Now that the airports have re-opened here in Thailand ((The latest news from Bangkok: The revered Thai King — the world’s longest reigning monarch — failed to deliver his annual birthday eve speech on Thursday. There was a huge amount of anticipation regarding his remarks, as he was expected to weigh in on the ongoing Bangkok protests. The King, who turned 81 yesterday, was apparently too ill to speak. And yesterday, exiled prime minster Thaksin Shinawatra’s ex-wife returned to the country. For an overview of the situation in Thailand, I suggest this recent AP story: “Travelers leave behind a Thailand still in crisis“)), I wanted to point out an intriguing tool: StateStats.

The site allows you to compare Google search patters for various US states; the terms are also linked with other demographic data ((But take the demographic info with a grain of salt. From the site: “Be careful drawing conclusions from this data. For example, the fact that walmart shows a moderate correlation with “Obesity” does not imply that people who search for ‘walmart’ are obese! It only means that states with a high obesity rate tend to have a high rate of users searching for walmart, and vice versa…”))

Some search terms that caught my eye include:

Thailand
Thailand (popular in Hawaii)
Thai cuisine (big on the west coast)

Food
In searching for Southern food, I noticed that fried chicken is a popular search term in the south, as is pecan pie. And it’s no surprise to note that South Carolina is the clear winner in searches for grits, shrimp and grits, and Frogmore stew ((Here’s more info on Frogmore Stew.)). On the other hand, vegan is a popular query in Oregon and Vermont.

Media and the Internet
The Wire is a popular search term in Maryland (the show is based in Baltimore), while Sopranos is big in New Jersey, New York, and surrounding states. Various Web/tech-related search terms, meanwhile, are especially popular in the West and in New York. Twitter is big in the Pacific region, in New England, and in Texas (though the more generic microblogging is huge in California, as is WordPress); Flickr is big on the West coast and in New York; and Tumblr is especially popular in New York.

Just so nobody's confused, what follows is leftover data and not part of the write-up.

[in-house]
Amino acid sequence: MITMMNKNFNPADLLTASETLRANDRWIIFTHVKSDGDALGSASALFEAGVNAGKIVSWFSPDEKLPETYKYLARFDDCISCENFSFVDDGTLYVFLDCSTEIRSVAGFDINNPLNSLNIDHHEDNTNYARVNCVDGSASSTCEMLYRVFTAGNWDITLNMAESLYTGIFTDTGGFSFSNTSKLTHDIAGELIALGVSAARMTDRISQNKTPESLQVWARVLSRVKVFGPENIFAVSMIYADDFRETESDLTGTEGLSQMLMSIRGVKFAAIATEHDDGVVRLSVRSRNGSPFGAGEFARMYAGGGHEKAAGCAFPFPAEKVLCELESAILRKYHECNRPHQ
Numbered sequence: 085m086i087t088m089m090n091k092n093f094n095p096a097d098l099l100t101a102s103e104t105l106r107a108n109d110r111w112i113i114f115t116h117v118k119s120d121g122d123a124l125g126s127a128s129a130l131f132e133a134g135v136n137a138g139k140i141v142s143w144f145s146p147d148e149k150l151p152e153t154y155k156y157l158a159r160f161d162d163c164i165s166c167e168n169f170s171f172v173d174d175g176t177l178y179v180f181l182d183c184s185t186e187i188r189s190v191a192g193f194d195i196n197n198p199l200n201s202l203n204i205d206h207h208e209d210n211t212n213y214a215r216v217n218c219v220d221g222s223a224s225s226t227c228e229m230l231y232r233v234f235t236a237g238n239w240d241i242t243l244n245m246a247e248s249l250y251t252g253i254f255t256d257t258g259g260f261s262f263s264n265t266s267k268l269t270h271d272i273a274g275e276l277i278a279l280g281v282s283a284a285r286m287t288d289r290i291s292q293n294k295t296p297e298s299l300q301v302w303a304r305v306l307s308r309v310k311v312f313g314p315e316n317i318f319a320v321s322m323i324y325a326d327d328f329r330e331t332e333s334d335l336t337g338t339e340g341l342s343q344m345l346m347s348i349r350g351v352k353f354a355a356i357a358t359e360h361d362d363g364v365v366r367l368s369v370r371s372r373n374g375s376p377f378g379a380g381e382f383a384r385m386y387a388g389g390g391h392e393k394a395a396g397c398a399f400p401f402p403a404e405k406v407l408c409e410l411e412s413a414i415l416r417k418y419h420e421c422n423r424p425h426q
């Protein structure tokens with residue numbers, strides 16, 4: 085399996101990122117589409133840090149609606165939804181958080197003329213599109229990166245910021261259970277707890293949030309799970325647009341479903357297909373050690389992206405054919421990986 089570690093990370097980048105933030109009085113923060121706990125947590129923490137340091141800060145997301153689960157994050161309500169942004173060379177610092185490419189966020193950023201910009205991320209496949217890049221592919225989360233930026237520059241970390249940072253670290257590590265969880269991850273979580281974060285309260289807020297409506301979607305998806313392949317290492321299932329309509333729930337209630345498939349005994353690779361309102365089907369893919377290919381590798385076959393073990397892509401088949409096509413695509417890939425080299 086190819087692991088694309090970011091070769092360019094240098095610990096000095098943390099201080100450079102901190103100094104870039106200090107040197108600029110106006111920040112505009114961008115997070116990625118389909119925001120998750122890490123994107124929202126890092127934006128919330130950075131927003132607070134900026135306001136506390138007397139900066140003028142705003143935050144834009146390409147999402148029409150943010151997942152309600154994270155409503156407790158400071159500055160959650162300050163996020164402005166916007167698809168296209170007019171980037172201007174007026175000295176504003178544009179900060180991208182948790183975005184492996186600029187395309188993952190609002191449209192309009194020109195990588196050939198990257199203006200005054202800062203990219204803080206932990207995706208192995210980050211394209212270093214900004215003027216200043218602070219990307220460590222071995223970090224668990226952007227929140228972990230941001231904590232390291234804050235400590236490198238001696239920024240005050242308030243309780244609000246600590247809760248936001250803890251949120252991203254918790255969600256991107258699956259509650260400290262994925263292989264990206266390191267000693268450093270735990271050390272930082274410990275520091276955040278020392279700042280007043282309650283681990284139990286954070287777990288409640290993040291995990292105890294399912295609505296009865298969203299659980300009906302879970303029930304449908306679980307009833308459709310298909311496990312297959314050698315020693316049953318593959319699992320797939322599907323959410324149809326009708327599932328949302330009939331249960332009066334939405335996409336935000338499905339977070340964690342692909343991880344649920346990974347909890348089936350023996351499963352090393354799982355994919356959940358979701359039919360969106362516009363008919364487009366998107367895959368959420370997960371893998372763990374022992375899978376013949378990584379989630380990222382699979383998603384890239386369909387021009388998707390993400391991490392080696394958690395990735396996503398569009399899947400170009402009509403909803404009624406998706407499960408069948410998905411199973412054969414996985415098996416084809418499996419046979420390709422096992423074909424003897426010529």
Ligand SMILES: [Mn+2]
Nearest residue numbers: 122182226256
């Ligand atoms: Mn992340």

Misc.
Other terms worth a look: Soccer is a popular term in the Northeast, North Carolina, Texas, and Washington, while Real Madrid and Barcelona are both popular terms in California and Virginia. And in other long-running football (soccer) derbies, Virginia is also prominent: check out River Plate and Boca Juniors.

Dogs are big in the south and mid-west, while cats are extremely popular in New Hampshire. Saab is also a popular term in New England, while Volvo is a popular query on both coasts.

Searches for some of the Andean nations reflect an interesting pattern: Bolivia is a popular term in Virginia and Florida, while Ecuador is big in New York and the mid-Atlantic. (New York is home to many Ecuadorian immigrants.)

And, last but not least, Newley (pictured above) is a popular search term in New York, Texas, and California. ((I suspect that these are not searches for newley.com, but for Anthony Newley. Or perhaps they’re misspellings of the adverb newly.))

(StateStats link via Kottke, where you can find a list of other revealing queries.)

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Misc.

“Thaksin to receive award from Bolivian president”

Today’s Bangkok Post has this strange story: Thaksin to receive award from Bolivian President

Bolivia’s President Evo Morales was considering giving Thailand’s deposed prime minister Thaksin Shinawatra the Order of Simon Bolivar after he aided Thai people in the grass-root level, improved their living conditions, and settled the International Monetary Fund (IMF) loan.

Mr Thaksin was scheduled to receive the award at Plaza Murillo in Bolivia’s La Paz.

In addition, President Morales was expected to approach former premier Thaksin to become his advisor to overcome the economic problems in Bolivia.

The award was named after Simon Bolivar, a historical figure who freed many South American countries from Spanish rule.

I was going to bold certain sections that seemed especially odd. But then I’d just be highlighting the entire article…